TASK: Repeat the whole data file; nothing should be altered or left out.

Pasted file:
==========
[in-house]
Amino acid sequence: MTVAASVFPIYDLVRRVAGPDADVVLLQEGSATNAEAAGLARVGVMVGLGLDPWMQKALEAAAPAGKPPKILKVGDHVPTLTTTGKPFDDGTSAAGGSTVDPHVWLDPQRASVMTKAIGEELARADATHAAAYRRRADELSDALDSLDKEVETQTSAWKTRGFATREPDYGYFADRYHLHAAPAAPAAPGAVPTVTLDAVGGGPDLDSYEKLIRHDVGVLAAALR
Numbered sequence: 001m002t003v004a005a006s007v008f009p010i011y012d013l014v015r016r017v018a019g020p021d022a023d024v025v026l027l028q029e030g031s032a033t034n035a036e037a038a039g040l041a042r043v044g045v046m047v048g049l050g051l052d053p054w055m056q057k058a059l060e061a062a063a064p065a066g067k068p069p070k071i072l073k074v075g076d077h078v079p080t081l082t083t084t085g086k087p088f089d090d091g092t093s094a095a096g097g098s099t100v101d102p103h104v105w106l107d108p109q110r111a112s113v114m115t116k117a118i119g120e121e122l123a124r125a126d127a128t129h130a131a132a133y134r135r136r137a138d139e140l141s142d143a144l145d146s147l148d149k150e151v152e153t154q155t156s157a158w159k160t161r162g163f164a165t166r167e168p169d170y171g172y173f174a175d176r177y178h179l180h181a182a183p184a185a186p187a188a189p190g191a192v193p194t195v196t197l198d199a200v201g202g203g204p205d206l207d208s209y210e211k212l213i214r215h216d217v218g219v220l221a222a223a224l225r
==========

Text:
[in-house]
Amino acid sequence: MTVAASVFPIYDLVRRVAGPDADVVLLQEGSATNAEAAGLARVGVMVGLGLDPWMQKALEAAAPAGKPPKILKVGDHVPTLTTTGKPFDDGTSAAGGSTVDPHVWLDPQRASVMTKAIGEELARADATHAAAYRRRADELSDALDSLDKEVETQTSAWKTRGFATREPDYGYFADRYHLHAAPAAPAAPGAVPTVTLDAVGGGPDLDSYEKLIRHDVGVLAAALR
Numbered sequence: 001m002t003v004a005a006s007v008f009p010i011y012d013l014v015r016r017v018a019g020p021d022a023d024v025v026l027l028q029e030g031s032a033t034n035a036e037a038a039g040l041a042r043v044g045v046m047v048g049l050g051l052d053p054w055m056q057k058a059l060e061a062a063a064p065a066g067k068p069p070k071i072l073k074v075g076d077h078v079p080t081l082t083t084t085g086k087p088f089d090d091g092t093s094a095a096g097g098s099t100v101d102p103h104v105w106l107d108p109q110r111a112s113v114m115t116k117a118i119g120e121e122l123a124r125a126d127a128t129h130a131a132a133y134r135r136r137a138d139e140l141s142d143a144l145d146s147l148d149k150e151v152e153t154q155t156s157a158w159k160t161r162g163f164a165t166r167e168p169d170y171g172y173f174a175d176r177y178h179l180h181a182a183p184a185a186p187a188a189p190g191a192v193p194t195v196t197l198d199a200v201g202g203g204p205d206l207d208s209y210e211k212l213i214r215h216d217v218g219v220l221a222a223a224l225r